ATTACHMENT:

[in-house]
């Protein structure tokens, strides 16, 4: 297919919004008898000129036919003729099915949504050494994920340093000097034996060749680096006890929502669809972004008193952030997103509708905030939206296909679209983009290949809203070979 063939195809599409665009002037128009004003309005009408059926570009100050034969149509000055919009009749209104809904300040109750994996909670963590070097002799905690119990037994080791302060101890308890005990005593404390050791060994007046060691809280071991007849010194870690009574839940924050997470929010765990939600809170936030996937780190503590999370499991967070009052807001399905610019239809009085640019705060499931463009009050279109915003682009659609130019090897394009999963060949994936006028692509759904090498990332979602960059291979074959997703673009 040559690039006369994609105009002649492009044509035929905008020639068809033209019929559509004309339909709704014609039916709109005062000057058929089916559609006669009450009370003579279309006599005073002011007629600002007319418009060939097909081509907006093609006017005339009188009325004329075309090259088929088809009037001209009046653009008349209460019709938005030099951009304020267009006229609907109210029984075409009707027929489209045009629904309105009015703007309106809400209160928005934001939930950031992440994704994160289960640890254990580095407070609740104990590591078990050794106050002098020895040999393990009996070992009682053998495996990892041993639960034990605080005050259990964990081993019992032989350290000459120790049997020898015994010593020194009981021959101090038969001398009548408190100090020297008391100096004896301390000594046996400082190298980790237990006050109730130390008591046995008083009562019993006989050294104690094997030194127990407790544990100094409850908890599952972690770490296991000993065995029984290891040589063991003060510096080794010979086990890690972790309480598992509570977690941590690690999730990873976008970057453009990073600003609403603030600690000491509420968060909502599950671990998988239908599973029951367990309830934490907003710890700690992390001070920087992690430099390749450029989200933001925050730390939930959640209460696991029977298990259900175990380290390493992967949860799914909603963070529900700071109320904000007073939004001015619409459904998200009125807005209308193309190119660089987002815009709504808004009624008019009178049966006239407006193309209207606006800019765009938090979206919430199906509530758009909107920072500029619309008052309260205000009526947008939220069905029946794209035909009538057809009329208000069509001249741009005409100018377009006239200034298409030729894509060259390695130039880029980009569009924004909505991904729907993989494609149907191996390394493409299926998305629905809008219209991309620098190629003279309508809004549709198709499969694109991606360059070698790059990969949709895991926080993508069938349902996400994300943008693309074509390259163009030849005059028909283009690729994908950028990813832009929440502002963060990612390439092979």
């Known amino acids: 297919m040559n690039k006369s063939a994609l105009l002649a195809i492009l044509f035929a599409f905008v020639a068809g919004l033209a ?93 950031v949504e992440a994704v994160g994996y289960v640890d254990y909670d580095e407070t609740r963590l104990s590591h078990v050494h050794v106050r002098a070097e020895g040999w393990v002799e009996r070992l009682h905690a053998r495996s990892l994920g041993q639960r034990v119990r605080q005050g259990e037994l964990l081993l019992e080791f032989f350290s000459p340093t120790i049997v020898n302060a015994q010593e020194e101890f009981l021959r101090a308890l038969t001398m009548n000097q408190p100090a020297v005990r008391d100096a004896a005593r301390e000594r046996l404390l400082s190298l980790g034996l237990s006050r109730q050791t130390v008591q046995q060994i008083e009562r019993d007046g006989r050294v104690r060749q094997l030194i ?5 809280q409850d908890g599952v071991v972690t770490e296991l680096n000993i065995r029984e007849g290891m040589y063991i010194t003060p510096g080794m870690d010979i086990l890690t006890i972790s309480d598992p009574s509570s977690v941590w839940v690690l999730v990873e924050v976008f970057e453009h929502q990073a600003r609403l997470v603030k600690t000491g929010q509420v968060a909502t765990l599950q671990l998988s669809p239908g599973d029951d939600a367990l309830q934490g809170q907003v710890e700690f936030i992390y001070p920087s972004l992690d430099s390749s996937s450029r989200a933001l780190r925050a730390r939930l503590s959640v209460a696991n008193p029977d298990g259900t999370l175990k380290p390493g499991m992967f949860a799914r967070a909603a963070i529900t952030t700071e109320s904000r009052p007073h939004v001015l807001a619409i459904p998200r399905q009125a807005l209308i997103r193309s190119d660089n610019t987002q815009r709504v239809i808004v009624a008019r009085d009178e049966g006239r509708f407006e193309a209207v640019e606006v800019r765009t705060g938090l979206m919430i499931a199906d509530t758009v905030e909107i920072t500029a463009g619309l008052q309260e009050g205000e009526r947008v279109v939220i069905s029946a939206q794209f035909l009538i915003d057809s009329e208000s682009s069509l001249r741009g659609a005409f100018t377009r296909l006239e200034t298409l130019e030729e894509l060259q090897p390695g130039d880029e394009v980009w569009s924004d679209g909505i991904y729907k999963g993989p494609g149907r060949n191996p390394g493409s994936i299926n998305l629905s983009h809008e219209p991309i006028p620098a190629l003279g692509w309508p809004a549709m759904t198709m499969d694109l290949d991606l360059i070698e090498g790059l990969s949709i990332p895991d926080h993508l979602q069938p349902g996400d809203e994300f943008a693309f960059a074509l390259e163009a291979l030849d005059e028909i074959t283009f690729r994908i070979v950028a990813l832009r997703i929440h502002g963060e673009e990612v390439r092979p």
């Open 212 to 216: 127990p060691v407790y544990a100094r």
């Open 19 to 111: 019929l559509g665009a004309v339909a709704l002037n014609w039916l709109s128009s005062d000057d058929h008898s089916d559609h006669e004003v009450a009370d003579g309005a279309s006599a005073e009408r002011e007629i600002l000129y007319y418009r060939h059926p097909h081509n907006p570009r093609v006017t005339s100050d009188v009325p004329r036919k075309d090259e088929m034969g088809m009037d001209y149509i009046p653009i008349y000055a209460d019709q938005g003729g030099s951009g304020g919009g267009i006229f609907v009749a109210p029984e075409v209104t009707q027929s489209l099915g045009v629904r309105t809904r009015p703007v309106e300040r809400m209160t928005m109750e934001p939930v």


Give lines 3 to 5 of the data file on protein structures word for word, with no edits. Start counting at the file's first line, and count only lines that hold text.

């Known amino acids: 297919m040559n690039k006369s063939a994609l105009l002649a195809i492009l044509f035929a599409f905008v020639a068809g919004l033209a ?93 950031v949504e992440a994704v994160g994996y289960v640890d254990y909670d580095e407070t609740r963590l104990s590591h078990v050494h050794v106050r002098a070097e020895g040999w393990v002799e009996r070992l009682h905690a053998r495996s990892l994920g041993q639960r034990v119990r605080q005050g259990e037994l964990l081993l019992e080791f032989f350290s000459p340093t120790i049997v020898n302060a015994q010593e020194e101890f009981l021959r101090a308890l038969t001398m009548n000097q408190p100090a020297v005990r008391d100096a004896a005593r301390e000594r046996l404390l400082s190298l980790g034996l237990s006050r109730q050791t130390v008591q046995q060994i008083e009562r019993d007046g006989r050294v104690r060749q094997l030194i ?5 809280q409850d908890g599952v071991v972690t770490e296991l680096n000993i065995r029984e007849g290891m040589y063991i010194t003060p510096g080794m870690d010979i086990l890690t006890i972790s309480d598992p009574s509570s977690v941590w839940v690690l999730v990873e924050v976008f970057e453009h929502q990073a600003r609403l997470v603030k600690t000491g929010q509420v968060a909502t765990l599950q671990l998988s669809p239908g599973d029951d939600a367990l309830q934490g809170q907003v710890e700690f936030i992390y001070p920087s972004l992690d430099s390749s996937s450029r989200a933001l780190r925050a730390r939930l503590s959640v209460a696991n008193p029977d298990g259900t999370l175990k380290p390493g499991m992967f949860a799914r967070a909603a963070i529900t952030t700071e109320s904000r009052p007073h939004v001015l807001a619409i459904p998200r399905q009125a807005l209308i997103r193309s190119d660089n610019t987002q815009r709504v239809i808004v009624a008019r009085d009178e049966g006239r509708f407006e193309a209207v640019e606006v800019r765009t705060g938090l979206m919430i499931a199906d509530t758009v905030e909107i920072t500029a463009g619309l008052q309260e009050g205000e009526r947008v279109v939220i069905s029946a939206q794209f035909l009538i915003d057809s009329e208000s682009s069509l001249r741009g659609a005409f100018t377009r296909l006239e200034t298409l130019e030729e894509l060259q090897p390695g130039d880029e394009v980009w569009s924004d679209g909505i991904y729907k999963g993989p494609g149907r060949n191996p390394g493409s994936i299926n998305l629905s983009h809008e219209p991309i006028p620098a190629l003279g692509w309508p809004a549709m759904t198709m499969d694109l290949d991606l360059i070698e090498g790059l990969s949709i990332p895991d926080h993508l979602q069938p349902g996400d809203e994300f943008a693309f960059a074509l390259e163009a291979l030849d005059e028909i074959t283009f690729r994908i070979v950028a990813l832009r997703i929440h502002g963060e673009e990612v390439r092979p």
């Open 212 to 216: 127990p060691v407790y544990a100094r």
């Open 19 to 111: 019929l559509g665009a004309v339909a709704l002037n014609w039916l709109s128009s005062d000057d058929h008898s089916d559609h006669e004003v009450a009370d003579g309005a279309s006599a005073e009408r002011e007629i600002l000129y007319y418009r060939h059926p097909h081509n907006p570009r093609v006017t005339s100050d009188v009325p004329r036919k075309d090259e088929m034969g088809m009037d001209y149509i009046p653009i008349y000055a209460d019709q938005g003729g030099s951009g304020g919009g267009i006229f609907v009749a109210p029984e075409v209104t009707q027929s489209l099915g045009v629904r309105t809904r009015p703007v309106e300040r809400m209160t928005m109750e934001p939930v």